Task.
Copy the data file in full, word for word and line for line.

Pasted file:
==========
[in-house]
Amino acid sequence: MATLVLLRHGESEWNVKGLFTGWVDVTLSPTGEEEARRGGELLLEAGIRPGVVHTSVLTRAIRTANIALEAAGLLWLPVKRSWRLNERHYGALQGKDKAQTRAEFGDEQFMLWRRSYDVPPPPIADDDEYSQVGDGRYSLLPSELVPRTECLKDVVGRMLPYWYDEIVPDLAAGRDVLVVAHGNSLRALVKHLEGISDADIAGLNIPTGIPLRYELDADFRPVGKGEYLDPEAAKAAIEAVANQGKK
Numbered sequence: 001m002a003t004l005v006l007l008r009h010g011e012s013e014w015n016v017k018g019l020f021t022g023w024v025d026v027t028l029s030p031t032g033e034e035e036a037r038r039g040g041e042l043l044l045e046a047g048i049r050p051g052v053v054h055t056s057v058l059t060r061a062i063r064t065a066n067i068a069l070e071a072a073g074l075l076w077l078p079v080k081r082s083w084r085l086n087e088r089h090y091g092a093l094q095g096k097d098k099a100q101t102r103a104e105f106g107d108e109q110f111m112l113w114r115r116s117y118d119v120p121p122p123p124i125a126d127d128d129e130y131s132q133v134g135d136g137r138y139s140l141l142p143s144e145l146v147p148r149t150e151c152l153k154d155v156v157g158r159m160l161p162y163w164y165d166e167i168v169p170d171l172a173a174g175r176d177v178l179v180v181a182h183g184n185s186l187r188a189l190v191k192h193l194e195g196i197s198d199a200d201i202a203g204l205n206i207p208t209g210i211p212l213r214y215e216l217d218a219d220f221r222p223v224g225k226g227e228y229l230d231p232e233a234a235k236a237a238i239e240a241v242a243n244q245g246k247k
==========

[in-house]
Amino acid sequence: MATLVLLRHGESEWNVKGLFTGWVDVTLSPTGEEEARRGGELLLEAGIRPGVVHTSVLTRAIRTANIALEAAGLLWLPVKRSWRLNERHYGALQGKDKAQTRAEFGDEQFMLWRRSYDVPPPPIADDDEYSQVGDGRYSLLPSELVPRTECLKDVVGRMLPYWYDEIVPDLAAGRDVLVVAHGNSLRALVKHLEGISDADIAGLNIPTGIPLRYELDADFRPVGKGEYLDPEAAKAAIEAVANQGKK
Numbered sequence: 001m002a003t004l005v006l007l008r009h010g011e012s013e014w015n016v017k018g019l020f021t022g023w024v025d026v027t028l029s030p031t032g033e034e035e036a037r038r039g040g041e042l043l044l045e046a047g048i049r050p051g052v053v054h055t056s057v058l059t060r061a062i063r064t065a066n067i068a069l070e071a072a073g074l075l076w077l078p079v080k081r082s083w084r085l086n087e088r089h090y091g092a093l094q095g096k097d098k099a100q101t102r103a104e105f106g107d108e109q110f111m112l113w114r115r116s117y118d119v120p121p122p123p124i125a126d127d128d129e130y131s132q133v134g135d136g137r138y139s140l141l142p143s144e145l146v147p148r149t150e151c152l153k154d155v156v157g158r159m160l161p162y163w164y165d166e167i168v169p170d171l172a173a174g175r176d177v178l179v180v181a182h183g184n185s186l187r188a189l190v191k192h193l194e195g196i197s198d199a200d201i202a203g204l205n206i207p208t209g210i211p212l213r214y215e216l217d218a219d220f221r222p223v224g225k226g227e228y229l230d231p232e233a234a235k236a237a238i239e240a241v242a243n244q245g246k247k